When an internal or external structure is changed in the course of maintenance, any mapping code that relies on these structures may need to be adjusted as well. This is an area where maintenance work is often required, so whatever solution you use, the maintenance costs need to be evaluated. For example, if a TotalSale property is removed from a Sale class, any related mapping assignments need to be adjusted accordingly.

With MetaDapper, updating a mapping may take as little as a few seconds. For a class type, for example, simply click the “Import field definitions from class” button to refresh the fields to the newly compiled definition:

Type conversion

Some type conversions, such as Date/Time and Number type conversions for example, are sensitive to the host environment’s international settings (unless explicitly specified in code). Deploying an application on a new server with different international settings can therefore break code that doesn’t take this into account. A date value of “1-2-2014”, for example, will be interpreted as Jan. 2, 2014 in a machine with U.S. settings, but as Feb. 1, 2014 on a machine with U.K. settings. MetaDapper supports all implicit .NET conversions and allows for complex reformatting of values as part of the translation as well. Moreover, separate (i.e., independent) international settings can be specified in MetaDapper readers, writers, and the mapping engine.

Complex default values

Sometimes, specific business rules that require access to other systems, or require complex coding, to determine a default value are needed. MetaDapper allows any number of custom delegate methods to be registered with the engine and employed to provide default values, perform custom data conversion, and to provide custom field validation.

Conditional validation rules

It is not uncommon for field values to be required conditionally (or even for their valid values to be dependent on the values of other fields). For example, it might be the case that Partner Name and Partner Social Security Code fields can be left blank, but if a Partner Name is provided, then the Partner Social Security Code (and possibly other fields) must be provided. This type of conditional validation is complex and is easy to get wrong in custom code. By contrast, MetaDapper allows this kind of data mapping relationship to be easily configured. Specifically, a list of fields in a Record Definition can be listed in a Conditional Mandatory Fields Group:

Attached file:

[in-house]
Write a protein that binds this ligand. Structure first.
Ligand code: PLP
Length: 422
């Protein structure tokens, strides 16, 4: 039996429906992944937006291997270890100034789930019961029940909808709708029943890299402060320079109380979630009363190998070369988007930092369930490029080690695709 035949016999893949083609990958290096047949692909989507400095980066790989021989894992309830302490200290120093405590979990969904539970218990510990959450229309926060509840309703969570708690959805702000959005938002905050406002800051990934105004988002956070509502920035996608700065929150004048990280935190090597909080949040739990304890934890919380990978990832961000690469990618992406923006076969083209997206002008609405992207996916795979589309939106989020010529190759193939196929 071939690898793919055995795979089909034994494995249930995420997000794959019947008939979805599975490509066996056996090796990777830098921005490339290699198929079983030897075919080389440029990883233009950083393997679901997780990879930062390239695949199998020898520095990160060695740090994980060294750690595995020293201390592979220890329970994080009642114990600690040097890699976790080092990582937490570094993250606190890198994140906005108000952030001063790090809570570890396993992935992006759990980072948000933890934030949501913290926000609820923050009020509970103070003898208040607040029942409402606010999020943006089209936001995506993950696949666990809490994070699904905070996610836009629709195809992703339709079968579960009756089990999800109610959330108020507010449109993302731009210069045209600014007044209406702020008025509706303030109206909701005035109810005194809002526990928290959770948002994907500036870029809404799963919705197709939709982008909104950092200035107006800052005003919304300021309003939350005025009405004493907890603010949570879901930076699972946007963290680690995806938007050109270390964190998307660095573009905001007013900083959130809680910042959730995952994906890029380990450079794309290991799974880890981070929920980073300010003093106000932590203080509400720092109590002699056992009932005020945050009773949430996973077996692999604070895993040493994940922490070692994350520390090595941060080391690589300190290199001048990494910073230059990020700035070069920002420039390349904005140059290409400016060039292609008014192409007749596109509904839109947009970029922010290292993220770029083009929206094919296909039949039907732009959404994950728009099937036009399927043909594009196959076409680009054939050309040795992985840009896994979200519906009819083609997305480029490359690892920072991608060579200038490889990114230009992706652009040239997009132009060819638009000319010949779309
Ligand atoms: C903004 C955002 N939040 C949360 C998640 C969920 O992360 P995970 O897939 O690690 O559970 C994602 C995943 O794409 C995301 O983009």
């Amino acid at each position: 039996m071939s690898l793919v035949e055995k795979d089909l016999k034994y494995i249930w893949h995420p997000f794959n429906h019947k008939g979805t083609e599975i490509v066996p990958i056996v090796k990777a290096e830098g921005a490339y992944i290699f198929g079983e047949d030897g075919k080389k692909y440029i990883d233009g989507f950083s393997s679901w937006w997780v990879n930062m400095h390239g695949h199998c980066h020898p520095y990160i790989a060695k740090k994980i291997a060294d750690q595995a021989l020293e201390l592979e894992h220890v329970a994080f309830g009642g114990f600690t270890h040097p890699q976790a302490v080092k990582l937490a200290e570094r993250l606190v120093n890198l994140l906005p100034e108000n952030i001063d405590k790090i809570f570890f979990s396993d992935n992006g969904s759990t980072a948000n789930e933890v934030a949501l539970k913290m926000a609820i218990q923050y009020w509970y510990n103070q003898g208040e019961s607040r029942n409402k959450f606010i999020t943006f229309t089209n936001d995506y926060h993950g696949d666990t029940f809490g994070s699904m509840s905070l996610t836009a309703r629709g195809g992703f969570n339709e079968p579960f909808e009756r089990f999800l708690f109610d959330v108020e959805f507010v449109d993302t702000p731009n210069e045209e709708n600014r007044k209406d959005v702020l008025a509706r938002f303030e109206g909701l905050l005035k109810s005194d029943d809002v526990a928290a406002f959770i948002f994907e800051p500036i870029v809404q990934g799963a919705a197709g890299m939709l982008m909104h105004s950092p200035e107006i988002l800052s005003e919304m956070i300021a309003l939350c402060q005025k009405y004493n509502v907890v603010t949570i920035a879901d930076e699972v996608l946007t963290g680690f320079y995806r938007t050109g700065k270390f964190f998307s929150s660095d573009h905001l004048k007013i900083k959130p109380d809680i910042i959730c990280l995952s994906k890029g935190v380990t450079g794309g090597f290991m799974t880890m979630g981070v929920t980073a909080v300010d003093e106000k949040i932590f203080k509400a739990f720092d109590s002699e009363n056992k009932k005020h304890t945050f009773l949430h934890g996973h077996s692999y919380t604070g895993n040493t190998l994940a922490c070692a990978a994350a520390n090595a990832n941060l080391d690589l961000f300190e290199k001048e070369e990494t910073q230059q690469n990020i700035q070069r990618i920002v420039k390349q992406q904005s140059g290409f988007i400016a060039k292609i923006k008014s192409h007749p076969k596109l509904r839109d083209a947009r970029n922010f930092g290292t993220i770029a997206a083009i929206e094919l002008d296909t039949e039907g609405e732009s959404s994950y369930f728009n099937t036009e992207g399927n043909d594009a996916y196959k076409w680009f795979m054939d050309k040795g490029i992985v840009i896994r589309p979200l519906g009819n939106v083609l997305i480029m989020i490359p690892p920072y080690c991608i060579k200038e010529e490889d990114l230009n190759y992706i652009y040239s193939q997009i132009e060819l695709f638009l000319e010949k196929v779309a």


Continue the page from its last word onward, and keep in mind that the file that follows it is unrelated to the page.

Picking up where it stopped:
Then in a mapping, the group can be associated with any field which, if not null, would in turn require all fields in the group to be supplied. For example:

Converting mapped values across domains

Source data may contain inconsistent values. For example, a salutation field may contain “Mr.”, “Mr”, “MR.”, “Mister” or “M” as well as all the female equivalents. Or a currency field may contain a value like “$” while your destination format requires “USD”. Product codes are another example of values that may need to be converted from one system to another. MetaDapper allows for the specification of reusable “synonym lists” that can be used to translate values during mappings.

Once defined, you can specify the Synonym Group to employ it in any relevant field mapping:

Mappings based on value formatting and complex calculations

Values from one or more fields may need to be used to format a new value. For example, the source value may need decorating with constants (e.g., sale.PriceEach = "$" + priceEach;) or several fields may need to be used to generate a value (e.g., sale.Code = code1 + “_” + code2;).

MetaDapper provides a formatting/templating capability that lets you build values using any of the fields in the current record, including substring portions of fields or constant values. After formatting, the value will be converted to the specified destination type (which, incidentally, does not need to be a string).

Similarly, complex calculations can be performed during mappings, employing a full set of mathematical operators and functions on any combination of field values and constants.

Validation rules

Custom validation delegates can be registered and used in mappings. Here’s an example of a custom method to validate that a field value is an integer (without making the data type for the field an integer):

private static bool ValidateIsInteger(
Log log, CultureInfo cultureInfo, object value, ref List<ErrorInfo> errors)
{
    try
    {
        Convert.ToInt32(value);
    }
    catch (Exception)
    {
        return false;
    }

    return true;
}

The method would be registered when instantiating MetaDapper. Then it could be easily applied in any Field Mapping Definition:

Grouping, Sorting, and Filtering

Grouping and sorting operations can often be handled in a database query but not all data sources are databases. MetaDapper therefore supports configuration of complex grouping and sorting operations that can be performed in-memory.

In cases where only a portion of the source data may be needed, filtering from non-database sources can be very complex to implement and maintain. MetaDapper supports configuring complex filters with Boolean operators for any number of field evaluations per record, with arbitrarily deep nesting of operations as needed. For example:

Nested mappings

Some mappings require multiple passes to complete the data conversion process. Some examples include data that requires prefix or summation records, data that needs to be mapped differently depending on field values or document structure, or simply to isolate different stages of a complex mapping (i.e. translate names, type conversions, etc.). Toward that end, MetaDapper supports nested mappings to any level of depth.

Format vs. structure

As a data mapping and conversion tool, MetaDapper is constructed to allow virtually any data format to be read or written to using internal reader and writer interfaces. This allows the creation of reader/writer classes that are extremely light weight and focused on the format-specific nuances only.

Readers and writers also behave as intelligently and flexibly as possible. For example, the XML reader and writer employ XPaths to specify where to retrieve or write data to in an XML file. The same configuration can also be used to read and write, for example, from non-XML formats (such as CSV files) in which case the XPath values will simply be ignored. Likewise, if a configuration that doesn’t include XPath settings is used with an XML reader or writer, an error will be generated.